“This is what was lacking in the last law,” Leavitt said. But Question 5 on the ballot is drawing opposition from law enforcement and drug prevention officials. Guy Cousins, director of the Maine Office of Substance Abuse, said setting up a distribution network would only increase the availability of marijuana to people not authorized to have it. Compounding the matter, he said, is the lack of control over the dosage and potency of the pot that’s being distributed. “We have tremendous compassion for people with terminal illnesses who are seeking to use this as alternative medication,” Cousins said. “The concern is a larger public safety and public health issue.” In 1999, Mainers by a 61-39 margin approved a referendum to legalize the medical use of marijuana. Maine is one of 14 states with medical marijuana laws on the books. In Maine, people are allowed to possess up to 2½ ounces of marijuana and up to six marijuana plants if a doctor recommends that it would help with their sickness. But most patients don’t grow their own plants, forcing them to get the drug illegally from dealers or other patients, said 31-year-old Seamus Maguire, a medical-marijuana user from Portland who suffers from a rare form of lymphoma. The new law will give sick people a legal and convenient way to buy marijuana, Maguire said. “It’s horrible that people that need it as medicine are unable to get it without worrying about going to jail,” Maguire said. If the referendum is approved, dispensaries would have to operate as nonprofits and couldn’t be within 500 feet of schools. They would be regulated by the Department of Health and Human Services. They might operate in storefronts, in office parks or under the roofs of existing nonprofit organizations that already provide care for sick people, Leavitt said. Besides allowing for dispensaries, Question 5 would create voluntary ID cards for people who are allowed to legally possess marijuana and expand the medical conditions under which people could be prescribed the herb. The law now allows doctors to recommend marijuana for people who have persistent nausea, vomiting, wasting syndrome or loss of appetite because of AIDS or chemotherapy or radiation treatment used for cancer; who have heightened pressure on their eyes because of glaucoma; who have epileptic seizures; or who have persistent muscle spasms from a disease such as multiple sclerosis. The new law would expand the availability of marijuana to people to other conditions, including hepatitis C, Lou Gehrig’s disease, Crohn’s disease and Alzheimer’s. The Maine Chiefs of Police Association voted 32-0 at a recent board meeting to oppose the law, said Executive Director Robert Schwartz. Law officers are concerned the referendum, as currently written, does not provide the state enough control over who could dispense marijuana and where it could be distributed, he said. Marijuana dispensaries, he said, should be subject to the same strict controls as pharmacies. “It just appears there are a lot of issues we aren’t prepared to deal with at this point,” Schwartz said. Schwartz said Maine police are keeping an eye on California, which has thousands of pot dispensaries, many that advertise freely and offer daily specials and discount coupons. Prosecutors in Los Angeles, which has more than 800 marijuana dispensaries, have vowed to crack down on stores that are selling to people who don’t qualify for medicinal marijuana. Source: Nashua Telegraph, The (Nashua, NH)Author: Clarke Canfield, The Associated Press Published: Saturday, October 24, 2009Copyright: 2009 Telegraph Publishing CompanyContact: letters nashuatelegraph.comWebsite: http://www.nashuatelegraph.comURL: Medical Marijuana Archives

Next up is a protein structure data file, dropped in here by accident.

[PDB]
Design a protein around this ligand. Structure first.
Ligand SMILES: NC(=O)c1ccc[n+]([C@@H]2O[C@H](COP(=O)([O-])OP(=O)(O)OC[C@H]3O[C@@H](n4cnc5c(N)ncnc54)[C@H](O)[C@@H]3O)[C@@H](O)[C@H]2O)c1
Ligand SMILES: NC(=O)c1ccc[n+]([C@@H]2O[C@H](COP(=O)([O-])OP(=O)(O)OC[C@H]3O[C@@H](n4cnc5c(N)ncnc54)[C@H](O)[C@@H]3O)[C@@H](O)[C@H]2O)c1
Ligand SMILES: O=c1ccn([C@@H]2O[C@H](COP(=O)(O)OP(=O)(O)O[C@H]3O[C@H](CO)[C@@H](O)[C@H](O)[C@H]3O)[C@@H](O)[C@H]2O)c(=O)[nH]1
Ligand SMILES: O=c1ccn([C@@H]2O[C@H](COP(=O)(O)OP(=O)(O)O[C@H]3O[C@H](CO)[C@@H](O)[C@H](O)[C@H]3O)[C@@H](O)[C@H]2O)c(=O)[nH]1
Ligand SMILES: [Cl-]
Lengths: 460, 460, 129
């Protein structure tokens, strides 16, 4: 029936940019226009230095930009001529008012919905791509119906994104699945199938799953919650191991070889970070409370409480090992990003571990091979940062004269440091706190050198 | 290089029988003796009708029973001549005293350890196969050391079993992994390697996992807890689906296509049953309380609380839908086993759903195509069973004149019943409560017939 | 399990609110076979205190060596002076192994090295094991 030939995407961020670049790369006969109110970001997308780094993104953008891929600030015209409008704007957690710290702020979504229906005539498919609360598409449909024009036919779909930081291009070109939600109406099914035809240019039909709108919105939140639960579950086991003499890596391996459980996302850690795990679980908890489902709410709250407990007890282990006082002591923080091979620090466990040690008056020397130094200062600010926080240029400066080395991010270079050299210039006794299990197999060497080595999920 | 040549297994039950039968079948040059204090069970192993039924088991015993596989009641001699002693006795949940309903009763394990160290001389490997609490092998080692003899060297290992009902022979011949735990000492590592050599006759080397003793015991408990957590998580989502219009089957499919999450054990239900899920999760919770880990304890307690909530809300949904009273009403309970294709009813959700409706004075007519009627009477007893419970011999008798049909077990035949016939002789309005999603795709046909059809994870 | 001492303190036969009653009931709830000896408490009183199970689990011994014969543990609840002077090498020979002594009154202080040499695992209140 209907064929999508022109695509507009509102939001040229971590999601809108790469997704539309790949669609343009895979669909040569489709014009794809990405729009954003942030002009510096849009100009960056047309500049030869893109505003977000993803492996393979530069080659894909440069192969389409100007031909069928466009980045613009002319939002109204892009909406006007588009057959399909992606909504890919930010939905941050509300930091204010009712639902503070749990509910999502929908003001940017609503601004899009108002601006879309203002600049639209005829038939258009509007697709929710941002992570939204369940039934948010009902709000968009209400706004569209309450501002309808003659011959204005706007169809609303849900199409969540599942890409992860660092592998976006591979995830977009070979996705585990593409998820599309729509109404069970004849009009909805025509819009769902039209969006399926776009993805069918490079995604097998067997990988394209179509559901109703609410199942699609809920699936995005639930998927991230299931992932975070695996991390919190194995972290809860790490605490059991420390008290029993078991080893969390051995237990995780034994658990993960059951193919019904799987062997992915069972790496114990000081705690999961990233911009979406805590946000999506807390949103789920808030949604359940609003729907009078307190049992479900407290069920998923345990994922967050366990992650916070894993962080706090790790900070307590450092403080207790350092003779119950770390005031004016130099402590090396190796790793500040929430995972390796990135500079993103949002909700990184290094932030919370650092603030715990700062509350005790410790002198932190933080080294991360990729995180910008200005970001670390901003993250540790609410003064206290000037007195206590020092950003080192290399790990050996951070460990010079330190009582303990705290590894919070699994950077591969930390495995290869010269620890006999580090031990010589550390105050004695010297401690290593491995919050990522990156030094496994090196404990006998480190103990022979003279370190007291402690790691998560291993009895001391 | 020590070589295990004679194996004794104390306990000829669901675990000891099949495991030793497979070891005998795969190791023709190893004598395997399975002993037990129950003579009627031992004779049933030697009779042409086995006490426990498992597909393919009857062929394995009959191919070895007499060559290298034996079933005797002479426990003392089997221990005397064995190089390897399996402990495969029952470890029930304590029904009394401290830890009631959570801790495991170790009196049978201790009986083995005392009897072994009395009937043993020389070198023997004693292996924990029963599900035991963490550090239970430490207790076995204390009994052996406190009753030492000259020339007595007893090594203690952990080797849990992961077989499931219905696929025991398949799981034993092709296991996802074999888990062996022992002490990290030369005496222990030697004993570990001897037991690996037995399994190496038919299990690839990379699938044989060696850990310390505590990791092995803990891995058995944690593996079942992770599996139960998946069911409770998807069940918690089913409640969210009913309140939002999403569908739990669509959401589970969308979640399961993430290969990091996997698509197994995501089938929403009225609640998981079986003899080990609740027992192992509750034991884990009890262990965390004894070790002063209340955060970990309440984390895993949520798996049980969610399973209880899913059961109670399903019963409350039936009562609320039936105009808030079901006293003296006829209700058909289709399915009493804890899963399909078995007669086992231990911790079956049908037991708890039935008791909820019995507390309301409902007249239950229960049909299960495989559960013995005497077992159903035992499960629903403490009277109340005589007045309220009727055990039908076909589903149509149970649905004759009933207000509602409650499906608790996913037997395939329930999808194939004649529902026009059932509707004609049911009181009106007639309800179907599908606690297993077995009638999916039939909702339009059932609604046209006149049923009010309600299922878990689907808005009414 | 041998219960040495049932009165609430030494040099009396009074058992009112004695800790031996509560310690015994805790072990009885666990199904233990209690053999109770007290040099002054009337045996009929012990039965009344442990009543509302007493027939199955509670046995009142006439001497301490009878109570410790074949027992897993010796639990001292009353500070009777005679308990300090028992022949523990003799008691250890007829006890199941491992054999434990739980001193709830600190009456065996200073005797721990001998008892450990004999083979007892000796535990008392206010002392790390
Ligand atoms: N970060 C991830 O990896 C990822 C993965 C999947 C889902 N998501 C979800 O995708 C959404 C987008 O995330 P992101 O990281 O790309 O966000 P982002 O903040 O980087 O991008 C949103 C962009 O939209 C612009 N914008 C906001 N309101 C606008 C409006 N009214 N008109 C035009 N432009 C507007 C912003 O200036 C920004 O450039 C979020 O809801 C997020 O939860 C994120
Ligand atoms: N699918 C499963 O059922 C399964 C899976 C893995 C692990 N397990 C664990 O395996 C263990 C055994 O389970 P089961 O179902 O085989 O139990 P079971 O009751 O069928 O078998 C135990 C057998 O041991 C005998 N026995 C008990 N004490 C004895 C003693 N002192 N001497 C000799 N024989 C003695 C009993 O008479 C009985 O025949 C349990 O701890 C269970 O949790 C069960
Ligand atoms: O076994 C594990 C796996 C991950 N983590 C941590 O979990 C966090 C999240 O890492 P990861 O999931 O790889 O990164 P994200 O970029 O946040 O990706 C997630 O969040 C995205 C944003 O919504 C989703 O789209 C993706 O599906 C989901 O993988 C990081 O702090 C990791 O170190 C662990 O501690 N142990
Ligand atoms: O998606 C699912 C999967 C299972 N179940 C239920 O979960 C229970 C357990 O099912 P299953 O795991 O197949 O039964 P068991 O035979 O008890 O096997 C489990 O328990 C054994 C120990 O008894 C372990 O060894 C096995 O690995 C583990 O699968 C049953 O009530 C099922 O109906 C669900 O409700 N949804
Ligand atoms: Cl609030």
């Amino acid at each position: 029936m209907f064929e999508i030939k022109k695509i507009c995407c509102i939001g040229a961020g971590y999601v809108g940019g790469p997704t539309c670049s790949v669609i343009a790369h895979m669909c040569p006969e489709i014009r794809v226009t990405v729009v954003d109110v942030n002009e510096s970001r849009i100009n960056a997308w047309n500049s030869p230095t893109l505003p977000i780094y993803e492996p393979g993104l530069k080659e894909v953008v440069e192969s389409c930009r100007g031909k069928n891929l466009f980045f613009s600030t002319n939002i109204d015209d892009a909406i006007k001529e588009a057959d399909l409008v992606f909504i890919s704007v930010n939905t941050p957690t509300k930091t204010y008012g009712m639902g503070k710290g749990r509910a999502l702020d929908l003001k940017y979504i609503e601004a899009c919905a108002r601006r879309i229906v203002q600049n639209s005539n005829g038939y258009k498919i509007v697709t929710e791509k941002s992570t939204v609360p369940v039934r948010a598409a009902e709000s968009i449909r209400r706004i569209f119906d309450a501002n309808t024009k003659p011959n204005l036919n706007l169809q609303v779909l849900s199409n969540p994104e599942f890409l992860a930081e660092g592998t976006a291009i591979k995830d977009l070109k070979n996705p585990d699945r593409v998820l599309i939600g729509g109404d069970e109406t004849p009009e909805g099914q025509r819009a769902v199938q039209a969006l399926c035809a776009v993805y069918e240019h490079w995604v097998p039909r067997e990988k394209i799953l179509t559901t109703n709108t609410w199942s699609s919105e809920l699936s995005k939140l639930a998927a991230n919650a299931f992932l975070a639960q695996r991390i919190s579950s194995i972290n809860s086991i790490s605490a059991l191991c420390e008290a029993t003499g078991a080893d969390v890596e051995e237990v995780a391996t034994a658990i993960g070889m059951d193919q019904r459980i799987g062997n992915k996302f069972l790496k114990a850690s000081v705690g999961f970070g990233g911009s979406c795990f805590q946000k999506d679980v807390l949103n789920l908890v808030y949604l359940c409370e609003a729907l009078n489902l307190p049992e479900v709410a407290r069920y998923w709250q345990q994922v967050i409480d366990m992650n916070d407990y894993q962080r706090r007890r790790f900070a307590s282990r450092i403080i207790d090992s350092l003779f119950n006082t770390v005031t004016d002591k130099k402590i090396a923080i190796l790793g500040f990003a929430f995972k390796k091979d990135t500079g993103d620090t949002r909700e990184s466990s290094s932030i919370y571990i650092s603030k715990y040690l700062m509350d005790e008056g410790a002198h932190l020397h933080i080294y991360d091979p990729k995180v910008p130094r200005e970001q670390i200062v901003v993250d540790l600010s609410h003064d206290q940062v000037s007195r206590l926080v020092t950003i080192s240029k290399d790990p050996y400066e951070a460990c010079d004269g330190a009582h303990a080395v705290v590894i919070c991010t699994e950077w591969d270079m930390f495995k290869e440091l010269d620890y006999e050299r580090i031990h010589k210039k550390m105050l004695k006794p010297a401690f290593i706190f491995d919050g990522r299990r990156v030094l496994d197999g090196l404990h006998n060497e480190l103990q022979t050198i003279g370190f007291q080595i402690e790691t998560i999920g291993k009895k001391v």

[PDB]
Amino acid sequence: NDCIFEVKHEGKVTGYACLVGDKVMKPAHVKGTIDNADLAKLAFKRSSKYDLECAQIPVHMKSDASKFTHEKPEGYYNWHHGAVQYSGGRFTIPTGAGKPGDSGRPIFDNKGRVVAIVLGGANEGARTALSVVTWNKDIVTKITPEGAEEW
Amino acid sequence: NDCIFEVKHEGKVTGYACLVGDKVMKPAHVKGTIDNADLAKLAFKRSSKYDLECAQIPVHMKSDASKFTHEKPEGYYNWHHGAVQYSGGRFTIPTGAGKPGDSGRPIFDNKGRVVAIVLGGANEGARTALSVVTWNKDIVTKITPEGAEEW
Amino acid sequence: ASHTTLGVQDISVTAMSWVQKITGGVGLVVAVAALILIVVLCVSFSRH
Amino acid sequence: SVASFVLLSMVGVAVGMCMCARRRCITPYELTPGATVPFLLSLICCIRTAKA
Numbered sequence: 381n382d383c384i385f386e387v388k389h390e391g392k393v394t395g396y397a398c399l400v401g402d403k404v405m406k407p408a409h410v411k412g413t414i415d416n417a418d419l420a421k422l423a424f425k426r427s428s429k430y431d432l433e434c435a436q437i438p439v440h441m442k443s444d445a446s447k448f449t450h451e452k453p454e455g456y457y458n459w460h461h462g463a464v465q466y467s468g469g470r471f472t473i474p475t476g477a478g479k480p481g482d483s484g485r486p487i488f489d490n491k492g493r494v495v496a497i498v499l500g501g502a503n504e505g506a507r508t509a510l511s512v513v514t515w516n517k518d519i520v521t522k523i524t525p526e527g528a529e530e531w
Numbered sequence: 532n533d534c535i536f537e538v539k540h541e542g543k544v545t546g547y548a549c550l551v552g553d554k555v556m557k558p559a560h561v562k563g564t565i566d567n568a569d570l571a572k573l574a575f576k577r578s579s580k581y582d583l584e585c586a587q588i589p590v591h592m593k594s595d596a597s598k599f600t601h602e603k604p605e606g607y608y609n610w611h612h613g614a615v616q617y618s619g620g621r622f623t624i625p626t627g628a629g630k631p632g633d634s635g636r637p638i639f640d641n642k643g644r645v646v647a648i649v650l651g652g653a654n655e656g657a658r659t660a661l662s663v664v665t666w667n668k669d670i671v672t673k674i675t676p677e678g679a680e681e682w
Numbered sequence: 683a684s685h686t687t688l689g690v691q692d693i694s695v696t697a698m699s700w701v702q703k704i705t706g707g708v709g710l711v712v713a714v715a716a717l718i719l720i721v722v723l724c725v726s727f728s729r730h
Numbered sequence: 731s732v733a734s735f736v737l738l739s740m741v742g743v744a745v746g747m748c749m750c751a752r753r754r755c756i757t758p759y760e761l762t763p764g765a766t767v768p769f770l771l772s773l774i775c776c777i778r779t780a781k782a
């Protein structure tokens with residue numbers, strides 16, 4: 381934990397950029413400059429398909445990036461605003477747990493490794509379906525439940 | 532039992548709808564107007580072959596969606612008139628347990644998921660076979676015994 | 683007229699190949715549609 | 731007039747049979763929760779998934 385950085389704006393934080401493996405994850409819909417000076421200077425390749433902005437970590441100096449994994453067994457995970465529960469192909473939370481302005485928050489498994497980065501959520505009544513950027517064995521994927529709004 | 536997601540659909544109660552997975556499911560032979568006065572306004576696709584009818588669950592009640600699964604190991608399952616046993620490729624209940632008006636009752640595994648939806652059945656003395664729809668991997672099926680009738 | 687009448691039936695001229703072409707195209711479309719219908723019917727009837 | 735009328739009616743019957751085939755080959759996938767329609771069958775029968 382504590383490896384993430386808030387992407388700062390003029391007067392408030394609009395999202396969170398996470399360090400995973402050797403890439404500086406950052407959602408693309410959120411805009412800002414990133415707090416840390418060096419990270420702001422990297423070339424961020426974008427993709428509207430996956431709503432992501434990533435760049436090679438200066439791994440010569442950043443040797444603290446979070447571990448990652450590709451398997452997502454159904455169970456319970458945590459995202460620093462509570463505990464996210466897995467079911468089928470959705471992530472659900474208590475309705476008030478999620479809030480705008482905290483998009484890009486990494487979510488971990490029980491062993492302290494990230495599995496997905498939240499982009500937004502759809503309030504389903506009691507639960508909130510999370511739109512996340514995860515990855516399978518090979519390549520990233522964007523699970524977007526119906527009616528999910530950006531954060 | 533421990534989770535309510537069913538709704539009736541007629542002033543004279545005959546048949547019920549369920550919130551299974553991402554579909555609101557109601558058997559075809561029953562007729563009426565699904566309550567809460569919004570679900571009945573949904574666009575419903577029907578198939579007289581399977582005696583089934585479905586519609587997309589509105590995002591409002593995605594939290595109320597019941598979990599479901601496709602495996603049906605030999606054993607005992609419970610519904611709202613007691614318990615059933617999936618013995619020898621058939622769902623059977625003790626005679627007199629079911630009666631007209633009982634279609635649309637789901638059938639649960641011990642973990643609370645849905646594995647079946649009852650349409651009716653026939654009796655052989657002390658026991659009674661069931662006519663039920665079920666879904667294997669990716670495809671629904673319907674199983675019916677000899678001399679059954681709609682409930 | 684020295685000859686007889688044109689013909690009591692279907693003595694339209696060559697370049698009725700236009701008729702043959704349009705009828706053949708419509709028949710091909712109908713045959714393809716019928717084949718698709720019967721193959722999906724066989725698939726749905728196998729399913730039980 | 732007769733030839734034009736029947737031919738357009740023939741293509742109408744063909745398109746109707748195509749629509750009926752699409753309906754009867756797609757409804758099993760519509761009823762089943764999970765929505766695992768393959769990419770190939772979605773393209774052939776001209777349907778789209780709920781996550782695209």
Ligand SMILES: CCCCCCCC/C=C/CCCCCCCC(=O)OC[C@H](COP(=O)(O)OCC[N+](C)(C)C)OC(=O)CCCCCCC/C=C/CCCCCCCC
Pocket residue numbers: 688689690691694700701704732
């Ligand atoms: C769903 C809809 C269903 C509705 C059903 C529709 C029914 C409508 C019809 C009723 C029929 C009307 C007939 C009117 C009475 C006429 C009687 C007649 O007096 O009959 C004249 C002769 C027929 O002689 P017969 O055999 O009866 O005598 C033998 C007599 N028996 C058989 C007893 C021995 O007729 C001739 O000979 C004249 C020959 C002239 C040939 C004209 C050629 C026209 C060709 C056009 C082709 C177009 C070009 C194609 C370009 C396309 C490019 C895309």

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Comment #10 posted by FoM on October 24, 2009 at 12:05:29 PT